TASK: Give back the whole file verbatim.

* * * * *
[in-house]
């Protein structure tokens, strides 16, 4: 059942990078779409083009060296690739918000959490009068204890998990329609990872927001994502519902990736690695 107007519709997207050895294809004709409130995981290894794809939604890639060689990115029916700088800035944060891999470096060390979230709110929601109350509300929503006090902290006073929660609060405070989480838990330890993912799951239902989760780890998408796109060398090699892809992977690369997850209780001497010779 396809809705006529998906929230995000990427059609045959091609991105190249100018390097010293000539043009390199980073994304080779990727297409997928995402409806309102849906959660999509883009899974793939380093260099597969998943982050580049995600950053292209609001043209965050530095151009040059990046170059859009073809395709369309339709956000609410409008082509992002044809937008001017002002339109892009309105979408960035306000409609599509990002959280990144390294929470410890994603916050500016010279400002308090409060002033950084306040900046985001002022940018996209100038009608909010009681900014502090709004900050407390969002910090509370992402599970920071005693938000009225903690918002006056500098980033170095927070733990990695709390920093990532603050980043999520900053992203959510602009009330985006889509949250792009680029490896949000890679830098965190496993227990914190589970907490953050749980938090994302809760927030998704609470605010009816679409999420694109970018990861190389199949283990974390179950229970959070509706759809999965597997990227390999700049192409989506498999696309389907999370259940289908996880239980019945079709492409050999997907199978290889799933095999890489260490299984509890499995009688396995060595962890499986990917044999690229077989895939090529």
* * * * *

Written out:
[in-house]
């Protein structure tokens, strides 16, 4: 059942990078779409083009060296690739918000959490009068204890998990329609990872927001994502519902990736690695 107007519709997207050895294809004709409130995981290894794809939604890639060689990115029916700088800035944060891999470096060390979230709110929601109350509300929503006090902290006073929660609060405070989480838990330890993912799951239902989760780890998408796109060398090699892809992977690369997850209780001497010779 396809809705006529998906929230995000990427059609045959091609991105190249100018390097010293000539043009390199980073994304080779990727297409997928995402409806309102849906959660999509883009899974793939380093260099597969998943982050580049995600950053292209609001043209965050530095151009040059990046170059859009073809395709369309339709956000609410409008082509992002044809937008001017002002339109892009309105979408960035306000409609599509990002959280990144390294929470410890994603916050500016010279400002308090409060002033950084306040900046985001002022940018996209100038009608909010009681900014502090709004900050407390969002910090509370992402599970920071005693938000009225903690918002006056500098980033170095927070733990990695709390920093990532603050980043999520900053992203959510602009009330985006889509949250792009680029490896949000890679830098965190496993227990914190589970907490953050749980938090994302809760927030998704609470605010009816679409999420694109970018990861190389199949283990974390179950229970959070509706759809999965597997990227390999700049192409989506498999696309389907999370259940289908996880239980019945079709492409050999997907199978290889799933095999890489260490299984509890499995009688396995060595962890499986990917044999690229077989895939090529």